Economic Uncertainty

On February 21, 2020 the Dow Jones Industrial Average was 29,000, on March 23rd, 2020 it reached the 18,600 mark and hovers in the 24,000 range during the month of April, 2020. The underlying driver for this decrease is COVID-19 and the required shelter in place mandate by most state governors. The economic impact is yet to be determined. This is the uncertainty aspect of economics. The term ‘economic uncertainty’ has a historical definition which has been modified due to the pandemic response. This article will cover the historical meaning and then its updated definition. The term is redefined due to the Paycheck Protection Program loan applications. One of the requirements is for the owner of the company to certify that their business meets the definition of economic uncertainty. The historical definition and the current legal definition are different. Thus, it is important for the reader to differentiate between the two meanings.

Economic Uncertainty – Historical Definition

If you think of the economy as a train pulling a load on the track, you would base its near future position on its current and historical trend. It is unlikely its current speed will change; thus, we can predict its future position with some degree of confidence. The short-term position is easier to determine with greater conviction and accuracy than 3 to 6 time periods out. Why does our confidence decrease the further out in time the train travels? Inherently, we know that there are variables that can impact the outcome. What if the train slows down? What if there is engine trouble? Worse yet, what if the track is blocked and the train must stop to wait for repairs?

In economics, these unknown variables are referred to as uncertainty. Uncertainty is typically measured and reported at the macro level. This is due to vast resources available to predict the economic results in the near future with a high level of certainty. Again, the further out in time the prediction is made, the more uncertain the forecast becomes.

Economic uncertainty is rarely reported at the micro level. In effect, each of the industry groups, or even at the corporate level, has to take into consideration all the factors that impact their respective situation. The U.S. Federal Reserve prepares economic uncertainty reports and provides data for a slew of variables such as:

  • Foreign Trade Policy
  • Interest Rates
  • Consumer Debt
  • Unemployment
  • Manufacturing Production

At the micro level, this isn’t prevalent; thus making it difficult to evaluate economic uncertainty, especially for a small business.

The end result is that economic uncertainty is a macro level term defining the ability of the economy to continue on its current path in the near and long-term.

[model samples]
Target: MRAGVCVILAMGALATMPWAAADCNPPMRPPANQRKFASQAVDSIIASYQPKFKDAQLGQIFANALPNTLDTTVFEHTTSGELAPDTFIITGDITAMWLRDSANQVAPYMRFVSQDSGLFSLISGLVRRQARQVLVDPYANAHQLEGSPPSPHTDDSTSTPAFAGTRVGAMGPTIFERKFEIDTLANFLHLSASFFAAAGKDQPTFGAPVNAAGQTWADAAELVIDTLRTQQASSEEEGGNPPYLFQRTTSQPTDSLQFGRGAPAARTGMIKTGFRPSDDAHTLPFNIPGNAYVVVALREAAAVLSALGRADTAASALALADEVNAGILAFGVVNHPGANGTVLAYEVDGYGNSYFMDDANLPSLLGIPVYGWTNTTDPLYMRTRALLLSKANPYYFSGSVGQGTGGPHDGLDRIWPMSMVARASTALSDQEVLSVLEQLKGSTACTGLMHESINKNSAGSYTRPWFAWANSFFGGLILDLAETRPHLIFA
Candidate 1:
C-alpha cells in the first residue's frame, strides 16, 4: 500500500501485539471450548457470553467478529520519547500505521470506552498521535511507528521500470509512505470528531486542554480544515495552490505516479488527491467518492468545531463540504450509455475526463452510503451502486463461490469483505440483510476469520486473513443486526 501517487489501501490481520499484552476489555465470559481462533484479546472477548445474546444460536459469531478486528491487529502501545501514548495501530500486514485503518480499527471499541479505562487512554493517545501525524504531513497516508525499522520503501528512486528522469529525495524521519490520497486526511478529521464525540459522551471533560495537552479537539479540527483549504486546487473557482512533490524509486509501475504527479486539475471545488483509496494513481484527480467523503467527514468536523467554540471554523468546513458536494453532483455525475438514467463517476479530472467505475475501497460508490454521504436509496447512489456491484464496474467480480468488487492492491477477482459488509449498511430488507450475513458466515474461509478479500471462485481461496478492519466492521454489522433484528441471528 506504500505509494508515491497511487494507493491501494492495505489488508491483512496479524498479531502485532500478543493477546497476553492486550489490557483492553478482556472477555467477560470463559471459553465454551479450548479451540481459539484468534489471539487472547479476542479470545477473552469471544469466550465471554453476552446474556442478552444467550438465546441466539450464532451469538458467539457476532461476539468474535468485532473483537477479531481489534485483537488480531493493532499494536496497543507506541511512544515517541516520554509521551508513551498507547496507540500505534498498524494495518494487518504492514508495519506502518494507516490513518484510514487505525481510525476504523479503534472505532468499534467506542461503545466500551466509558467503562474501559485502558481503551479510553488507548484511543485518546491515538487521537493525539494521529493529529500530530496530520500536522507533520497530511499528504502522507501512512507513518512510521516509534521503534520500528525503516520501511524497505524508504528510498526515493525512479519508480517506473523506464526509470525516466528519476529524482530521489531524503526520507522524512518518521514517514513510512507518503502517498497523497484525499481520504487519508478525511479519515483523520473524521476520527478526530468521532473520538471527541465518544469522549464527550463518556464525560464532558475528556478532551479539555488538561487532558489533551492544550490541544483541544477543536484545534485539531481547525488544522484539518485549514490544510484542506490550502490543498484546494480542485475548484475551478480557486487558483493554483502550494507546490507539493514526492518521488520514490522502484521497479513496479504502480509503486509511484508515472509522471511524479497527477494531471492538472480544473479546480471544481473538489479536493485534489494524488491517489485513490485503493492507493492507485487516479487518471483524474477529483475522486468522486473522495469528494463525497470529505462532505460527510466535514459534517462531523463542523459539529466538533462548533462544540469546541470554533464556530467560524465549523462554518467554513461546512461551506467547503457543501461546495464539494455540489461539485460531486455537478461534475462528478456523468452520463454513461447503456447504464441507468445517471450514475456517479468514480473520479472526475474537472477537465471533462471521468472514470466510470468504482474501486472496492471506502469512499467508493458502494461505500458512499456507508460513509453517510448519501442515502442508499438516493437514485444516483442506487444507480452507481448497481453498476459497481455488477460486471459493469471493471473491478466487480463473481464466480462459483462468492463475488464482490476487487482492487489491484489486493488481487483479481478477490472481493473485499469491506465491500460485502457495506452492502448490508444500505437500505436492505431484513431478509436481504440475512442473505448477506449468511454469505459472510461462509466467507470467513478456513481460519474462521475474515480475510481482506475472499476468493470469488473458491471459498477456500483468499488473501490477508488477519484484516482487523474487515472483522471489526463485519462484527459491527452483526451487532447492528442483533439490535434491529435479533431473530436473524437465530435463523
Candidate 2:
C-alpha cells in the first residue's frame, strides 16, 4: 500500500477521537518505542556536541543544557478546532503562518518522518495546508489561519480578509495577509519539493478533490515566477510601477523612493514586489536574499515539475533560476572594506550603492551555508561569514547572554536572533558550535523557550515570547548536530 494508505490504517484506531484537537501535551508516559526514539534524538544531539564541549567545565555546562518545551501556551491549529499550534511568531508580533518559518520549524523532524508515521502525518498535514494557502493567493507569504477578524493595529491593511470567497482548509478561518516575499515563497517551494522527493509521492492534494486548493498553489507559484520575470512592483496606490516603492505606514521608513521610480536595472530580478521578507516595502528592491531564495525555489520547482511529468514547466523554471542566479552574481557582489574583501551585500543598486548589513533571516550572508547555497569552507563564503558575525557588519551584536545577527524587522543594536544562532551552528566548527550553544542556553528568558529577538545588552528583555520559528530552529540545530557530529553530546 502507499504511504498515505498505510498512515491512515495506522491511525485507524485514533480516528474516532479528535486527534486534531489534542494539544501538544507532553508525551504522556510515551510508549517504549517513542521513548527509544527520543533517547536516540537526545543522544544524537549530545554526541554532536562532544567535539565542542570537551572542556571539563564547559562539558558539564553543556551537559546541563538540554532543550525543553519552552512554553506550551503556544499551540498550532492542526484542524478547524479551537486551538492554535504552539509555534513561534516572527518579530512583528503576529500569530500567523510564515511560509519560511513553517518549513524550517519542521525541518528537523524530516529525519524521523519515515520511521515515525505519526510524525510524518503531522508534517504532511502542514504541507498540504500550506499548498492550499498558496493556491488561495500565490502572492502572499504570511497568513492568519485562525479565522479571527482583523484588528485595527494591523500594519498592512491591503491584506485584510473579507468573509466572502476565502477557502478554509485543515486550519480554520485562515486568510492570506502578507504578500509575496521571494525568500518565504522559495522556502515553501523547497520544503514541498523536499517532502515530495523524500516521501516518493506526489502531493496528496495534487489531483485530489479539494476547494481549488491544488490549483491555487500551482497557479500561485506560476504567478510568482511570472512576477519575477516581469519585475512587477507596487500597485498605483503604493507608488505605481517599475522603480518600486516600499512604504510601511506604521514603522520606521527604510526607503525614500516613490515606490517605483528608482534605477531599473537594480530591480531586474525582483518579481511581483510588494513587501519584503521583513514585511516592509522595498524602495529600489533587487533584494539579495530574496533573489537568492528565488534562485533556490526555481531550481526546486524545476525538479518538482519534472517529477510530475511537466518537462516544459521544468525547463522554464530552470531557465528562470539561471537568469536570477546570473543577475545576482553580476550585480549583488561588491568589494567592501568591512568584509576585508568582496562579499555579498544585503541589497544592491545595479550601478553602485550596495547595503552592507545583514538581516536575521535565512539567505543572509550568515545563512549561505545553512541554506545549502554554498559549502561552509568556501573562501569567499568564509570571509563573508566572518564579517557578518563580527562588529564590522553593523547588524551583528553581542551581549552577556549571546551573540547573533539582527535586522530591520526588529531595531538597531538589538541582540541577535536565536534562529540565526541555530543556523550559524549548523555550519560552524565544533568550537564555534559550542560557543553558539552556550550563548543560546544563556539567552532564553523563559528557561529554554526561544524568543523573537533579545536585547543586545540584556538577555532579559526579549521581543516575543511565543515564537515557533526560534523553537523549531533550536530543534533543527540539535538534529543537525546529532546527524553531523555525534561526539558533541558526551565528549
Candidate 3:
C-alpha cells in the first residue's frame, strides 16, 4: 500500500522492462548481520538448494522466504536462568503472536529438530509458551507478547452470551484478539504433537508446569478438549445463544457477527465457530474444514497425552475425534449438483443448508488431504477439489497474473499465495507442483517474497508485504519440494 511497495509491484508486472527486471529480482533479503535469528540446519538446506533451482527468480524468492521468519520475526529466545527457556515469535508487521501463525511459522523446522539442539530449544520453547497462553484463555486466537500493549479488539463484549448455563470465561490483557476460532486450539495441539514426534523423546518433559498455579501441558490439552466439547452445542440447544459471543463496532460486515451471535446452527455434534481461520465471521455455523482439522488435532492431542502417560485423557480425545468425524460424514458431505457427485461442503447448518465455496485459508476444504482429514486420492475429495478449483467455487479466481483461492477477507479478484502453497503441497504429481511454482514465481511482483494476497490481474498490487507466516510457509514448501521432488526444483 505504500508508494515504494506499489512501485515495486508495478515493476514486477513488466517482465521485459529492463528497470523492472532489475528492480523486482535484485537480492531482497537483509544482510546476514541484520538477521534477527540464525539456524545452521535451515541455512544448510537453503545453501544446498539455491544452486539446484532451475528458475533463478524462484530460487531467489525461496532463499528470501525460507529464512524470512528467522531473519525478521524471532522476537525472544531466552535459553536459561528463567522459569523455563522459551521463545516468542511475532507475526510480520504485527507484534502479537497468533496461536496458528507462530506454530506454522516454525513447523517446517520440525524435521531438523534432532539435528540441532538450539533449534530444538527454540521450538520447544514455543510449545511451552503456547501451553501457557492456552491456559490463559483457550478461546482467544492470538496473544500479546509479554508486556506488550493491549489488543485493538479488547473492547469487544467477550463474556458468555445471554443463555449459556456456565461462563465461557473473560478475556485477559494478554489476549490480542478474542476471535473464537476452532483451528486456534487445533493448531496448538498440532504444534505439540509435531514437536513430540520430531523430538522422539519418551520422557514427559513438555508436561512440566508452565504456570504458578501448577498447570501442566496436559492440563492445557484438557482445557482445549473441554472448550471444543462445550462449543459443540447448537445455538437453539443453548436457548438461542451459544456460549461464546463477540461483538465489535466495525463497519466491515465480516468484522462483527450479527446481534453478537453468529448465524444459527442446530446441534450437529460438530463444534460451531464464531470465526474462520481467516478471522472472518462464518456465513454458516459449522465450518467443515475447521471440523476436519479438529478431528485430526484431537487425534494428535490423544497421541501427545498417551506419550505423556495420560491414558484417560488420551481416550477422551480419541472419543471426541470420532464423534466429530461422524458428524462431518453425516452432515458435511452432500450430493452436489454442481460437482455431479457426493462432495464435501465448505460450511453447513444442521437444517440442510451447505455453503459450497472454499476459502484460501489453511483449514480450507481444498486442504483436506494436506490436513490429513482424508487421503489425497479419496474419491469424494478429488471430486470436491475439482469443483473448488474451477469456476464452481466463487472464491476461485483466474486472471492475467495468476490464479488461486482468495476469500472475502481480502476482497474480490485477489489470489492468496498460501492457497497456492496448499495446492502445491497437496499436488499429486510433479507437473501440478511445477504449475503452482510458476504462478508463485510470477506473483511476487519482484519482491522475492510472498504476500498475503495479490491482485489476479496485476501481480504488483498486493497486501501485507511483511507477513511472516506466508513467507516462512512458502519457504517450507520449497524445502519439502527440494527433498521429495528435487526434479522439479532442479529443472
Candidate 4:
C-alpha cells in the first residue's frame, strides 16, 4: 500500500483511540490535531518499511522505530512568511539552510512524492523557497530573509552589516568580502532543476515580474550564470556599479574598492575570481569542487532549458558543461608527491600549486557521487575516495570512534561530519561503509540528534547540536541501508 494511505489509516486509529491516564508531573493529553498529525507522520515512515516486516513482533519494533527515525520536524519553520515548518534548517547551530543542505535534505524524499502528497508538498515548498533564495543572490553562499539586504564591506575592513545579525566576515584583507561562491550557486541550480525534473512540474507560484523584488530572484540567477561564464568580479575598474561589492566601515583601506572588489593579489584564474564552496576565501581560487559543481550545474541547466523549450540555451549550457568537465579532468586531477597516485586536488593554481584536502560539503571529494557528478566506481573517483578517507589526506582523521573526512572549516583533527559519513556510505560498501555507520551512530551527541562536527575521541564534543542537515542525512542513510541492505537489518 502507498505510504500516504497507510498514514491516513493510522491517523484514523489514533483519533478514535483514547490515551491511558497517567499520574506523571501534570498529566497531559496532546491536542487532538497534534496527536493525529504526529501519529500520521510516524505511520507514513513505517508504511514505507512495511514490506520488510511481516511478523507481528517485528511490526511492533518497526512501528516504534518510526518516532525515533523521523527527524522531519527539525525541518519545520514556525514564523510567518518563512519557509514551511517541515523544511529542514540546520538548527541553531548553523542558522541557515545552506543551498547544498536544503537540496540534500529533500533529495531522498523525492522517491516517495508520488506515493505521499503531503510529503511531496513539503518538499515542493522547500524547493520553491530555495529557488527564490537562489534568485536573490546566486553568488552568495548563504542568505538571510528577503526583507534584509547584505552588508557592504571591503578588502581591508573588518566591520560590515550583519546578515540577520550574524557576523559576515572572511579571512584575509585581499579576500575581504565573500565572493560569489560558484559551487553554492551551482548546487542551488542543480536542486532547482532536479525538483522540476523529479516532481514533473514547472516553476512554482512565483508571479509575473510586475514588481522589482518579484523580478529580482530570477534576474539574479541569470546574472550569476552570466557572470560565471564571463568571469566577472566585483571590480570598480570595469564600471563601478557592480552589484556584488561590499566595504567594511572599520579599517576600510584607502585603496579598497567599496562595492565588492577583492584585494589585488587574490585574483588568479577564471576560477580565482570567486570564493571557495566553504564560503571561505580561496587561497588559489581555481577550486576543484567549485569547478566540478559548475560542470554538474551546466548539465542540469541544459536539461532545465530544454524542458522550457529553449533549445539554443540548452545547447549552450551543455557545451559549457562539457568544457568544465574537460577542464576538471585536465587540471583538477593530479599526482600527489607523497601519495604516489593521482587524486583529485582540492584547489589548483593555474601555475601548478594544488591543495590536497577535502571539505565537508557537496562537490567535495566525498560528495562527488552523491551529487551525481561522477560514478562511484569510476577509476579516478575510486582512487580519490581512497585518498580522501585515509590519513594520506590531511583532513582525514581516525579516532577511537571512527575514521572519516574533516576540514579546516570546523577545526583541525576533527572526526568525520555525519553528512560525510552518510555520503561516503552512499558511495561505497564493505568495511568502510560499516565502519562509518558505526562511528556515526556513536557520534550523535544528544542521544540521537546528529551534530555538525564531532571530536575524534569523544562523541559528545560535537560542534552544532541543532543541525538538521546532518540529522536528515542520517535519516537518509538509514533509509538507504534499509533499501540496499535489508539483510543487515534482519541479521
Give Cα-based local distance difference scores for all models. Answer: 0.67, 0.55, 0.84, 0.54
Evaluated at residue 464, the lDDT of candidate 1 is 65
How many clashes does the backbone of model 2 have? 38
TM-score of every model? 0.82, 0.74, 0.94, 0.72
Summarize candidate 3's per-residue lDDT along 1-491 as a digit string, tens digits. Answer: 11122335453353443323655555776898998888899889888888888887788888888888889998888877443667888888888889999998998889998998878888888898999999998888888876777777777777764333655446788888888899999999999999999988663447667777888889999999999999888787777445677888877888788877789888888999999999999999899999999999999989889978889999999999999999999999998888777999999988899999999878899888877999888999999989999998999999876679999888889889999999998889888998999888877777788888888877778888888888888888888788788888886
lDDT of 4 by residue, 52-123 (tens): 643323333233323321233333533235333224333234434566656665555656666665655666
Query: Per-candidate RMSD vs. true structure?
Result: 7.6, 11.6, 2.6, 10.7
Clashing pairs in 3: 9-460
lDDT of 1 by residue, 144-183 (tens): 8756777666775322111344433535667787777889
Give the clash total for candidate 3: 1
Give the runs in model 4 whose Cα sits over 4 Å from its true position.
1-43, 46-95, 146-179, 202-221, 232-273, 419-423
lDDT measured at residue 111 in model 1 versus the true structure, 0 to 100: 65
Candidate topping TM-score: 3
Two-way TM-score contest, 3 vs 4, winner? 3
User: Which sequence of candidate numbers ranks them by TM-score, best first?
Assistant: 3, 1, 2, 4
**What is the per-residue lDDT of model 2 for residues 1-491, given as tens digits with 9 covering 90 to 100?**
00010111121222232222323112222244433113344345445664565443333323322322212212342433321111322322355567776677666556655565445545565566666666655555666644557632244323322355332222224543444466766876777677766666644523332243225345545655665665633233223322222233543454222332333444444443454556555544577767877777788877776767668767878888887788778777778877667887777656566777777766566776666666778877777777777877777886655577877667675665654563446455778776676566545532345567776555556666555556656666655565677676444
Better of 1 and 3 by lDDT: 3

Economic Uncertainty – Modified Definition

The term ‘economic uncertainty’ is used with the application for a loan under the Paycheck Protection Program administered under the Small Business Act. On page 2 of the application, the 2nd certification uses the term ‘economic uncertainty’. In effect, the applicant states that the current economic uncertainty makes the loan request necessary. It is here that the historical definition comes into play. The macro level of uncertainty, i.e. the current COVID-19 pandemic affects the ability of the applicant to continue operations. Therefore, the applicant must take into consideration the macro factors and customize them to their respective operation, i.e. convert economic uncertainty to the micro level.

Interestingly, the text of the Congressional Act (Public Law 116-136) provides guidance for the applicant. Under Section 1103(a)(4) there are either three criteria experienced or a separate fourth condition to qualify. They are:

(D) is easy to understand. Those businesses mandated by state government to close, commonly referred to as ‘non-essential’ meet the requirement and easily qualify to affirm economic uncertainty. Those in the marginal areas will run into problems validating economic uncertainty. A good example would be a company servicing restaurants such as the linen service provider or meat vendor. These businesses will experience a decrease in sales but not a total stop to operations. Will they qualify?

The Act specifically states that all three A, B, & C must be experienced. Thus, those operations that slow down in overall production and sales will most likely not qualify for the Paycheck Protection Program. The applicant must document and provide substantial evidence of all three minimum criteria. This will be difficult as all criteria have its own set of nuances. For example, under (A)(iii), how does the applicant substantially prove technological difficulties? Will the fact that certain customers are closed and therefore they do not respond to phone calls and e-mail qualify?

The real question is how much change must be experienced to qualify for certification related to economic uncertainty. It is the author’s opinion that the change in the aggregate must equate to more than 25%.  At the individual variable level, the change must be a minimum of 5% but that in the aggregate, all three variables must add up to a minimum change (overall production) of no less than 25%. Any change less than 25% can be the result of factors not related to COVID-19 and the associated macro response. The key is to be able to convince a court of law that the applicant experiences economic uncertainty directly related to the current economic situation. The greater the impact, the more likely the courts will agree that at the micro level the applicant is experiencing economic uncertainty. ACT ON KNOWLEDGE.

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